• The ADEA makes an exception when age is an essential part of a particular job — also known by the legal term “bona fide occupational qualification” or BFOQ. For example, if a company hires an actor to play the role of a 10-year old, or a teen’s clothing store needs models, the ability to appear youthful is a necessary part of the job, or a BFOQ.

Under the ADEA, it is unlawful to discriminate against a person because of his or her age with respect to any term, condition, or privilege of employment — including, but not limited to, hiring, firing, promotion, layoff, compensation, benefits, job assignments, and training. As a result, the following practices are also illegal:

  • An employer cannot retaliate against an individual for opposing employment practices that discriminate based on age or for filing an age discrimination charge, testifying, or participating in any way in an investigation, proceeding, or litigation under the ADEA.
  • An employer may not include age preferences, limitations, or specifications in job notices or advertisements. As a narrow exception to that general rule, a job notice or advertisement may specify an age limit in the rare circumstances where age is shown to be a BFOQ reasonably necessary to the essence of the business.
  • Apprenticeship programs, including joint labor-management apprenticeship programs, generally may not discriminate on the basis of an individual’s age.
  • Nothing in the ADEA specifically prevents an employer from asking an applicant’s age or date of birth. However, because such inquiries may deter older workers from applying for employment or may otherwise indicate possible intent to discriminate based on age, requests for age information are closely scrutinized to make sure that the inquiry was made for a lawful purpose, rather than for a purpose prohibited by the ADEA.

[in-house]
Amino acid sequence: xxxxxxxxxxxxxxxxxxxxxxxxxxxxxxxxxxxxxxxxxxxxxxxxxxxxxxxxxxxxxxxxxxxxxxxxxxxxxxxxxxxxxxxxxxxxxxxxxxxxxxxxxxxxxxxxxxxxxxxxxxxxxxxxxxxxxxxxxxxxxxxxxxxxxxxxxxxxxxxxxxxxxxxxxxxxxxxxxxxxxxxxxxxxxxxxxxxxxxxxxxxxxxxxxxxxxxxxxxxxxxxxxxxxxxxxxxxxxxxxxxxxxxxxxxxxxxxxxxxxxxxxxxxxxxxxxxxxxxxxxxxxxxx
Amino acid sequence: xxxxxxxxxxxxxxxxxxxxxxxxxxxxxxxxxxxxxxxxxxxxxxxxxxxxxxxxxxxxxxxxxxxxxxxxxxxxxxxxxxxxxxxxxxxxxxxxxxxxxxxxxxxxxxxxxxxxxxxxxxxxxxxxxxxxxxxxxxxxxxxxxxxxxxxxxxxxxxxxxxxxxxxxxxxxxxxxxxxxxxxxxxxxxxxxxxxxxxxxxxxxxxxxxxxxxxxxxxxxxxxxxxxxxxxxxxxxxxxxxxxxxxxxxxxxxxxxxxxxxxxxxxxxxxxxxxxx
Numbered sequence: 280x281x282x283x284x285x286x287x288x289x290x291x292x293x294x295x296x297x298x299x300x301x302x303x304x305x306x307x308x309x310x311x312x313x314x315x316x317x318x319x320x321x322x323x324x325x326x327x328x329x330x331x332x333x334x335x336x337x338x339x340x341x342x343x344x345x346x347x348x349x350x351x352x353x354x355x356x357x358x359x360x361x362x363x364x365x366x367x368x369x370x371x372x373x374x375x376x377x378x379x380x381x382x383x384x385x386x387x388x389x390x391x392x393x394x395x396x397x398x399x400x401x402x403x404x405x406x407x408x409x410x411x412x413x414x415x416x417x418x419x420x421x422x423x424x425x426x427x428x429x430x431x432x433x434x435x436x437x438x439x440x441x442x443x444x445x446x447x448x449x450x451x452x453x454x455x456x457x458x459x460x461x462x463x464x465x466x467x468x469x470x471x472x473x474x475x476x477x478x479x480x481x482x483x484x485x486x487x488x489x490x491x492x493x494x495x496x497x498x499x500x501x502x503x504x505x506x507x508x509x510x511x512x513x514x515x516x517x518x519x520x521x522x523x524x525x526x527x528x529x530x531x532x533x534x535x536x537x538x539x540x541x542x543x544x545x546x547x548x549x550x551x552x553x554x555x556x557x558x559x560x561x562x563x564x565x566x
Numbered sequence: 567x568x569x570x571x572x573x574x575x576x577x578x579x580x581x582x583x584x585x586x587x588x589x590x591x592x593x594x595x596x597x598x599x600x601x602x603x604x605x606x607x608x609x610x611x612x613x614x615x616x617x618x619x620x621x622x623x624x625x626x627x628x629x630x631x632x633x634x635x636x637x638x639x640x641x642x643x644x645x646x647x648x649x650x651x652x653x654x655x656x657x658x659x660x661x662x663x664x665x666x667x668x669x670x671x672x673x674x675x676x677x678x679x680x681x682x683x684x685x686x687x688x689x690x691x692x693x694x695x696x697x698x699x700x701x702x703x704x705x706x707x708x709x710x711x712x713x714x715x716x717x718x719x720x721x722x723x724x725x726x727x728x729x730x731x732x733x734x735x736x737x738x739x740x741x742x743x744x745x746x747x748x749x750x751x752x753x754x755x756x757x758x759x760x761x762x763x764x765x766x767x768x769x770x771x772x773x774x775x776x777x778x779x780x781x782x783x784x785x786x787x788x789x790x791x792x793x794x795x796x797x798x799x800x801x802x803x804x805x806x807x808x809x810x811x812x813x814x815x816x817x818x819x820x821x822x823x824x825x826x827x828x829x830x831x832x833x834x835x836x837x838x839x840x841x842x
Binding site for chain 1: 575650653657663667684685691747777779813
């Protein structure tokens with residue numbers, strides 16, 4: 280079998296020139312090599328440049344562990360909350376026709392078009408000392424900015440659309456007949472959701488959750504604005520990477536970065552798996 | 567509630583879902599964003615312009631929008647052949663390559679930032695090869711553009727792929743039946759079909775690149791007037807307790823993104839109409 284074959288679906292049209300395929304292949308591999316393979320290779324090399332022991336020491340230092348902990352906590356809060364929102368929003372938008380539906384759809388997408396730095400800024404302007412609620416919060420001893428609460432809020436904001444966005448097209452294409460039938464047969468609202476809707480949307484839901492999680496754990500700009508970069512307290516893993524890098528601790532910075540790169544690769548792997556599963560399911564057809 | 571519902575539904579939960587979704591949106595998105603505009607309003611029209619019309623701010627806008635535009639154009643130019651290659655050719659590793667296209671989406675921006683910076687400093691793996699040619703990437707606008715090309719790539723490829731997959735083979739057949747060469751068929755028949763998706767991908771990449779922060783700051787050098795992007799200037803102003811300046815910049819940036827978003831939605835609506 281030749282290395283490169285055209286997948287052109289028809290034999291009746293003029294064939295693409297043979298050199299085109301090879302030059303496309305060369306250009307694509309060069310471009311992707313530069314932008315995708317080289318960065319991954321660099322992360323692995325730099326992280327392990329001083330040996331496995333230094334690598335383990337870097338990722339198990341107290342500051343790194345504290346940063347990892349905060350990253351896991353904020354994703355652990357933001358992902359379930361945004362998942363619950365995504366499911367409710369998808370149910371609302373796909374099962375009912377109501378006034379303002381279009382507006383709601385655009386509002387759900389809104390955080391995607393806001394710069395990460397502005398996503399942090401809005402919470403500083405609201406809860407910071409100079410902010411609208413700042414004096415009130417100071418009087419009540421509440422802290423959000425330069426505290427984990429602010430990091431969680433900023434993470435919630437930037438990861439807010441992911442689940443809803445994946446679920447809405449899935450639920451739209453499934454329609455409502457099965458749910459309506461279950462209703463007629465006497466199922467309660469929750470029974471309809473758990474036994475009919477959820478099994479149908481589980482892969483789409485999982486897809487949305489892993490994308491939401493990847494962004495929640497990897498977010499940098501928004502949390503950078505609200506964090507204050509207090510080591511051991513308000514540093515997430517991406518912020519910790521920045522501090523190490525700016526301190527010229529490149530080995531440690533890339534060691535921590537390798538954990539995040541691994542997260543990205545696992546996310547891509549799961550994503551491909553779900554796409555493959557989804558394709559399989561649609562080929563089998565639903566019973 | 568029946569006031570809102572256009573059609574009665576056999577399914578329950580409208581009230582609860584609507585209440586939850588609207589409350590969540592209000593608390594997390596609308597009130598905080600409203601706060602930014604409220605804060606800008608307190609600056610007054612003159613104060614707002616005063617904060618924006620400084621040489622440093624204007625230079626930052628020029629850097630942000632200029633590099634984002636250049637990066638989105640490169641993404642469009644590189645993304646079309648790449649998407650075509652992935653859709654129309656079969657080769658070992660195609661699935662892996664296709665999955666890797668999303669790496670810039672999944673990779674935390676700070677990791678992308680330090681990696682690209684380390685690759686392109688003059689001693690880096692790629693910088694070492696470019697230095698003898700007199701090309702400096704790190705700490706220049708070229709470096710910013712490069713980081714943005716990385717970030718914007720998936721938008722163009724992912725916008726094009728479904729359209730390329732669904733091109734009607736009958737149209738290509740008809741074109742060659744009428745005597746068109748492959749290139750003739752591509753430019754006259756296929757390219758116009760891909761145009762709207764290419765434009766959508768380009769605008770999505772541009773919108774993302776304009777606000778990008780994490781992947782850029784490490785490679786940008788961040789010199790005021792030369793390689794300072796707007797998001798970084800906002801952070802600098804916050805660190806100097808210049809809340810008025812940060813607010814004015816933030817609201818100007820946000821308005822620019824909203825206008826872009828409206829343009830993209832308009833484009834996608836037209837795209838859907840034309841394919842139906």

If you feel you have been discriminated against because of your age, first consult your state’s laws against age discrimination. The EEOC provides for a 180 day period to file an age discrimination claim that may be extended to 300 days under state laws.

Age discrimination is a problem that will only increase over time because of the aged population in the U.S. Employers may be hurting their own interests in the long run when discriminating because of age because older workers have experience that can’t be matched by younger workers. Moreover, it’s been my experience as a college professor that older workers often have a stronger work ethic than recent high school and college graduates.

Discrimination based on age is different than other forms of discrimination because it can affect each and every one of us. It affects people at a time in their lives when they are most vulnerable. From an ethical perspective it is an unfair practice; uncaring; and lacking in empathy. The Golden Rule says we should treat others the way we want to be treated. Employers should use it the next time they contemplate letting an employee go based on age considerations.